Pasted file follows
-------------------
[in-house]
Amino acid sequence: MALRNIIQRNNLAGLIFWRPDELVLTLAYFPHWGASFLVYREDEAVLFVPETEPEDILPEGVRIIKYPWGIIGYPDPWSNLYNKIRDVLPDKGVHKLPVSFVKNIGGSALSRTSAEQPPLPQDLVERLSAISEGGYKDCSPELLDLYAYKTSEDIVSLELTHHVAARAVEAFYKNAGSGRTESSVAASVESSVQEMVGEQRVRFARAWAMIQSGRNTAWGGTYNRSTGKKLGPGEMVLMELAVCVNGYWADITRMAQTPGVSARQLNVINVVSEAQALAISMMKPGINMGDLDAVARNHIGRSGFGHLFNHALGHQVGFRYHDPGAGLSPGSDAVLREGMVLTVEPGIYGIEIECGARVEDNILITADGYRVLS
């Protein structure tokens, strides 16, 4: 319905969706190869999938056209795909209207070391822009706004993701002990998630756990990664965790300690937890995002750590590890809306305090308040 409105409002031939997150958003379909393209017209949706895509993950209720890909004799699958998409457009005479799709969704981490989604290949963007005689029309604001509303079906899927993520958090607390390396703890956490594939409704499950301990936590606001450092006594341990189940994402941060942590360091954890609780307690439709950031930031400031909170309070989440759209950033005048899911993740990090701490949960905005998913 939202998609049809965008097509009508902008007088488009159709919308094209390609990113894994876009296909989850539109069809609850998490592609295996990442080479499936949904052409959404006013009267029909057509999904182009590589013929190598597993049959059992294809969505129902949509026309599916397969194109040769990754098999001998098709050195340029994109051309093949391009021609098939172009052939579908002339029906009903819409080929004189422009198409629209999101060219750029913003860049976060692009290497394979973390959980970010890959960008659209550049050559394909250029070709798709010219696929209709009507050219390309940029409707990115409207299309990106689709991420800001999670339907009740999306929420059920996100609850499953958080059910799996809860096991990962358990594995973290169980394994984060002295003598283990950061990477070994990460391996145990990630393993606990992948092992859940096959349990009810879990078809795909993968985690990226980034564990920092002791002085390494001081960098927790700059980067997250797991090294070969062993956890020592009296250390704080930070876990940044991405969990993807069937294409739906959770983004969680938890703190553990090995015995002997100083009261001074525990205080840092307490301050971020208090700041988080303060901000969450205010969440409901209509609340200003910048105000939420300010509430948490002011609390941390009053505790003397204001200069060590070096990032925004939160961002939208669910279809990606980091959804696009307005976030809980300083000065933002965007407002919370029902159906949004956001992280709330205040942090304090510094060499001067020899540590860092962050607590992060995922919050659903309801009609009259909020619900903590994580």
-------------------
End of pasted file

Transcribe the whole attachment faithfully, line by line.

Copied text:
[in-house]
Amino acid sequence: MALRNIIQRNNLAGLIFWRPDELVLTLAYFPHWGASFLVYREDEAVLFVPETEPEDILPEGVRIIKYPWGIIGYPDPWSNLYNKIRDVLPDKGVHKLPVSFVKNIGGSALSRTSAEQPPLPQDLVERLSAISEGGYKDCSPELLDLYAYKTSEDIVSLELTHHVAARAVEAFYKNAGSGRTESSVAASVESSVQEMVGEQRVRFARAWAMIQSGRNTAWGGTYNRSTGKKLGPGEMVLMELAVCVNGYWADITRMAQTPGVSARQLNVINVVSEAQALAISMMKPGINMGDLDAVARNHIGRSGFGHLFNHALGHQVGFRYHDPGAGLSPGSDAVLREGMVLTVEPGIYGIEIECGARVEDNILITADGYRVLS
């Protein structure tokens, strides 16, 4: 319905969706190869999938056209795909209207070391822009706004993701002990998630756990990664965790300690937890995002750590590890809306305090308040 409105409002031939997150958003379909393209017209949706895509993950209720890909004799699958998409457009005479799709969704981490989604290949963007005689029309604001509303079906899927993520958090607390390396703890956490594939409704499950301990936590606001450092006594341990189940994402941060942590360091954890609780307690439709950031930031400031909170309070989440759209950033005048899911993740990090701490949960905005998913 939202998609049809965008097509009508902008007088488009159709919308094209390609990113894994876009296909989850539109069809609850998490592609295996990442080479499936949904052409959404006013009267029909057509999904182009590589013929190598597993049959059992294809969505129902949509026309599916397969194109040769990754098999001998098709050195340029994109051309093949391009021609098939172009052939579908002339029906009903819409080929004189422009198409629209999101060219750029913003860049976060692009290497394979973390959980970010890959960008659209550049050559394909250029070709798709010219696929209709009507050219390309940029409707990115409207299309990106689709991420800001999670339907009740999306929420059920996100609850499953958080059910799996809860096991990962358990594995973290169980394994984060002295003598283990950061990477070994990460391996145990990630393993606990992948092992859940096959349990009810879990078809795909993968985690990226980034564990920092002791002085390494001081960098927790700059980067997250797991090294070969062993956890020592009296250390704080930070876990940044991405969990993807069937294409739906959770983004969680938890703190553990090995015995002997100083009261001074525990205080840092307490301050971020208090700041988080303060901000969450205010969440409901209509609340200003910048105000939420300010509430948490002011609390941390009053505790003397204001200069060590070096990032925004939160961002939208669910279809990606980091959804696009307005976030809980300083000065933002965007407002919370029902159906949004956001992280709330205040942090304090510094060499001067020899540590860092962050607590992060995922919050659903309801009609009259909020619900903590994580």